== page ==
Think “Fast”

The sand was warm underfoot. The water flowed gently, the current making a gentle swishing sound. Puppy Justus was exploring, sniffing, digging and splashing. I was reading the first chapter of a book out loud to my husband.

It’s amazing how simple, serene moments can change your life so quickly.

My beloved and I were enjoying a sliver of time last Saturday, relaxing in our mushroom chairs on the pseudo “beach” area near a small river on Fort Benning. I had recently gotten a copy of Jen Hatmaker’s book 7: An Experimental Mutiny against Excess. The general premise of the book deals with the fact that we live in a society obsessed with stuff. The book documents Jen’s month-by-month experiment to eliminate the “junk” in life. Each month, the author chose a different area of her life to focus on.  Month #1? Food.

For 30 days, Jen ate only 7 different types of food. I was intrigued by this book right away, mainly because there has been quite a buzz in the writing community– plus we all already know how magnetic the number 7 has become to this ministry.

Wanna join the party? Click the image to get yourself a copy of this remarkable book!

As I finished reading the first chapter out loud to Brandon on the “beach,” he turned to me and said: “Ok, wife. I say chicken, eggs, bread…”

Wait. WHAT? I was floored. If I wasn’t sitting down, I certainly would have fallen over. My husband actually wanted to DO this?!? I mean, I had considered briefly and sort of pitched it to him a couple of weeks ago, but he looked at me like I was crazy.  I continued to pray about it, the whole idea weighing on my heart… But when he started naming and numbering foods indicating that he wanted to participate, I couldn’t help but be shocked. (The book was very convincing. Thanks, Jen.)

Oh. Plus he’s a man. An army man at that. Food is in his top 3 most important needs. Seriously.

So yes. My beloved and I started the first month of this “experiment” yesterday. It has already opened my eyes to just HOW MANY food choices we really do have and our fingertips and can easily afford. Honestly, its kind of blowing my mind. (If you want more info, get a copy of the book. It will change your life. Or at least your perspective.)

From June 4th to July 4th, my husband is only permitting himself to eat chicken, eggs, bread, beef, apples, peanut butter and potatoes. My menu choices are similar: chicken, eggs, bread, apples, sweet potatoes, avocado and spinach.

That’s it. We are only permitted to season with salt, pepper, olive oil and use cooking spray.

This is gonna get crazy, folks. I’ve barely started and am already seeking God more deeply than I could imagine. (Not to mention rejoicing at the free time of trying to decide what to cook for supper– chicken or… chicken?)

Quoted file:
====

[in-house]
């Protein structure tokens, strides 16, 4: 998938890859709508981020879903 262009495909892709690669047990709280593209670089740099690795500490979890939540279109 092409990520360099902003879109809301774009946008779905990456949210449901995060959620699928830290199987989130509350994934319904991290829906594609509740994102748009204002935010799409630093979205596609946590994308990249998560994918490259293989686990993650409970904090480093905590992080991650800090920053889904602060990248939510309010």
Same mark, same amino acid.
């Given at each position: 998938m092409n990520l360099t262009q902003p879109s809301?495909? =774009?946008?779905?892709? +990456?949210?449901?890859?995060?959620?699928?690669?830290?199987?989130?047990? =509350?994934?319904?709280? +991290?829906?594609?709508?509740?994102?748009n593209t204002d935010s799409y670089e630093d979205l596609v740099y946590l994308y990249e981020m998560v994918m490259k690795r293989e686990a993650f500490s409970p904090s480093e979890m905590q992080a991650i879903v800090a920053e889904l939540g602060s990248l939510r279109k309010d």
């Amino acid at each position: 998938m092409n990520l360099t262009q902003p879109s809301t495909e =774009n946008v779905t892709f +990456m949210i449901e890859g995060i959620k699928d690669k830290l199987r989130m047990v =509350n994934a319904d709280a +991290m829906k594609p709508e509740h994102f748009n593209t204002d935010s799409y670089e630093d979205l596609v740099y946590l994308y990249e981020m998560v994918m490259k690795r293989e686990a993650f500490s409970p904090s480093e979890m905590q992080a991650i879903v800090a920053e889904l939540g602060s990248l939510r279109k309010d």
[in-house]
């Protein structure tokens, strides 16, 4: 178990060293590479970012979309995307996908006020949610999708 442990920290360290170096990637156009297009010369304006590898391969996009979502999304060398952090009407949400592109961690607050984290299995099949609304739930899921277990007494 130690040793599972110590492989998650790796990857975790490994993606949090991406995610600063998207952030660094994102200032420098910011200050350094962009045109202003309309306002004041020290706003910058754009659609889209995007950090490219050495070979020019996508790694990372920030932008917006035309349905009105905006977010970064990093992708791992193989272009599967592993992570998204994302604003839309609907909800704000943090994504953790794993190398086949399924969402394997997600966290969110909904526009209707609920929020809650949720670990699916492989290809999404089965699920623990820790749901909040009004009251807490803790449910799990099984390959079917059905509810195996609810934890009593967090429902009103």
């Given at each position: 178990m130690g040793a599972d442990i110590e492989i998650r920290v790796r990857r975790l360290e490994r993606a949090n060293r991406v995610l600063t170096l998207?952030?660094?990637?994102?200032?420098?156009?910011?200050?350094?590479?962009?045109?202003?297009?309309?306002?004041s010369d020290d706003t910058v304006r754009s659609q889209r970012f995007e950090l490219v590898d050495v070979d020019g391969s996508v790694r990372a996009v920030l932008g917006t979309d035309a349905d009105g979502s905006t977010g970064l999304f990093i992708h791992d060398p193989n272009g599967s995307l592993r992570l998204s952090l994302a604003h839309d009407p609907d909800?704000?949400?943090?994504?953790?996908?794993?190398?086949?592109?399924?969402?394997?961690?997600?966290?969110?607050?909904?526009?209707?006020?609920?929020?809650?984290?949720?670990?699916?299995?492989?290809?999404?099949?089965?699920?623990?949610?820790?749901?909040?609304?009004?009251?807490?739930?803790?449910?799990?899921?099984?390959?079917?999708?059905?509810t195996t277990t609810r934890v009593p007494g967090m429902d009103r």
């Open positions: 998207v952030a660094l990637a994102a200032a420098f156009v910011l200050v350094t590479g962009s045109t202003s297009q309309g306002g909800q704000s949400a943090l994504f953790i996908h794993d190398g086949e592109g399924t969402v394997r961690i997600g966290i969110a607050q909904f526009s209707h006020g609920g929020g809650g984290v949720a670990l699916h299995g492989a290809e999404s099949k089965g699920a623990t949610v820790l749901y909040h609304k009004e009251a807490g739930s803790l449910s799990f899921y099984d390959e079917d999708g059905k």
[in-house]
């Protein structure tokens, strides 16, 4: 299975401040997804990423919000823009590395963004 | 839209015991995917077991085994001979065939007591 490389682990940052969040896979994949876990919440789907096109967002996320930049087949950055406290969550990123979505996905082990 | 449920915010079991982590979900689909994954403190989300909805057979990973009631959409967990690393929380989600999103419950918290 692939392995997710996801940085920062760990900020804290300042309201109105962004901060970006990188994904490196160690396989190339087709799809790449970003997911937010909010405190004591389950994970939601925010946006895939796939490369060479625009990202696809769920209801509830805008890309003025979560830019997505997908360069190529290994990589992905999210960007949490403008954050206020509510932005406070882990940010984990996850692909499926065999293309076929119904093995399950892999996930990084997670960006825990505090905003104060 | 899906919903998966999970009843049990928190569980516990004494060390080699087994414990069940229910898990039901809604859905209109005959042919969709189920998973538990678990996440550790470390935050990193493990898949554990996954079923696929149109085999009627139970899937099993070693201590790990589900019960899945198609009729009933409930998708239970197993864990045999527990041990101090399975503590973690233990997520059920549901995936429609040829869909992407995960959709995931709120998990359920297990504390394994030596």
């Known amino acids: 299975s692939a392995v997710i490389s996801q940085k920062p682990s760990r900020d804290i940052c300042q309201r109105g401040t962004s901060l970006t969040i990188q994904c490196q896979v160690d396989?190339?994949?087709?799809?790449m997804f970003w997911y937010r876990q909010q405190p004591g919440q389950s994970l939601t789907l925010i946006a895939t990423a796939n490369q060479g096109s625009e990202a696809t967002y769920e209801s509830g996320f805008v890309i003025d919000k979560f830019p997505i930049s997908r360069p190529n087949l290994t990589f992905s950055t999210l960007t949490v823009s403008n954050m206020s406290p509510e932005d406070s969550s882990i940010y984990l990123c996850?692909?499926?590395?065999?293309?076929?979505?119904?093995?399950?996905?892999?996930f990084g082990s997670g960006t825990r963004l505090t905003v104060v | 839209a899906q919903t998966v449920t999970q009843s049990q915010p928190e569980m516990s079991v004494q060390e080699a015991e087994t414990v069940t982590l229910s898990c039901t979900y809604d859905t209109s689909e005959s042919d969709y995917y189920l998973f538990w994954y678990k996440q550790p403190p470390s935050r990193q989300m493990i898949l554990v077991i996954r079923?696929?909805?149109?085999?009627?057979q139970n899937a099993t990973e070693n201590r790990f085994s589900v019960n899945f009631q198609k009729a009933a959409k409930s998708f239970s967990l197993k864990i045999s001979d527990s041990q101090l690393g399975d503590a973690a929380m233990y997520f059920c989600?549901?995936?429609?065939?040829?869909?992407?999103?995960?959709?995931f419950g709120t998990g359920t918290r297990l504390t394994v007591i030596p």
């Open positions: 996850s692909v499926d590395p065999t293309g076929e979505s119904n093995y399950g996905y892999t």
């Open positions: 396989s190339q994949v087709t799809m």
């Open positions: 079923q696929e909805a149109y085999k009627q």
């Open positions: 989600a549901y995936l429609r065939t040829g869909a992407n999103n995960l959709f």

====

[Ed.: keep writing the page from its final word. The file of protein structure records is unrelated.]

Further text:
I am so excited (ok, and really nervous) at the potential spiritual growth that will result. Challenging but worth it. Oh, and let ‘s not forget how kind this will be to our time and budget. (I am anticipating some productive physical changes too.) I will be periodically keeping you all updated as we go.

Yes, there are a few things I already miss. Cheese. Diet Dr. Pepper. Chocolate. Salsa. My beloved protein bars. But I am so grateful that I still have PLENTY of food in my fridge, even if it is in “limited” varieties.

Brandon and I would appreciate your prayers as we work through this experience the next month or so. My sweet mother-in-love has joined us on this journey and if you feel so led, pick up a copy of Jen’s book and come with us as we seek the Lord.

Have you ever fasted before? What was it like? What do you think about our quest? Wanna join in? Leave a comment below!

To paraphrase Jen: “Jesus, may there be less of us and our junk and more of You and Your Kingdom.” 

It’s scary. It’s awesome. It’s hunger-inducing. But we are grateful for this opportunity to think “fast.”


“You’re blessed when you’ve worked up a good appetite for God. He’s food and drink in the best meal you’ll ever eat.” –Matthew 5:6 (MSG) 

Categories: adventure, attitude, challenge, changes, Christ, food, gratitude | Tags: , , , , , , | 27 Comments

Post navigation

27 thoughts on “Think “Fast”

  1. Good morning. I’m here via OYHT. I was immediately fascinated by your title. This post is also interesting. I look forward to reading more!

    • Thanks so much for stopping by, Teresa. I appreciate it! We are excited to see where the Lord leads us. (Side note: This is probably in the top 5 most radical things we have done for Jesus yet. This could get interesting.)

  2. Although I can appreciate the premise of this book, limiting your food in this way will eventually lead to health issues. Especially given your husband’s calling as a soldier and your own athletic goals. What I am thinking is that it may speak to your faith to limit your food to locally grown, fair trade, and/or organic. Locally grown speaks to the community, fair trade speaks to social justice, and organic speaks to environmental issues , all provide valuable refelctions on Jesus’s social gospel. Just a thought Sharita.

    • I appreciate your suggestions s for long term life-style changes that demonstrate sincere concern for the body and the planet, but the suggestions here are for the short term and reflect careful and prayerful consideration and direction. God calls his people to fast, and while it may not make sense from the world’s perspective, to do anything less would be disobedience. I see this endeavor as one most worthy of our prayerful support.

      • Thank you Tina! My words exactly 🙂

        And Lori-Ann… Thanks for your comment and I appreciate your concerns– but as Tina said, your suggestions reflect more of a personal lifestyle change as opposed to limiting food choices for a very short season. I can assure you that my husband and I have approached this very prayerfully. We have been (and will continue) to take multivitamins to ensure we are getting ALL nutrients needed.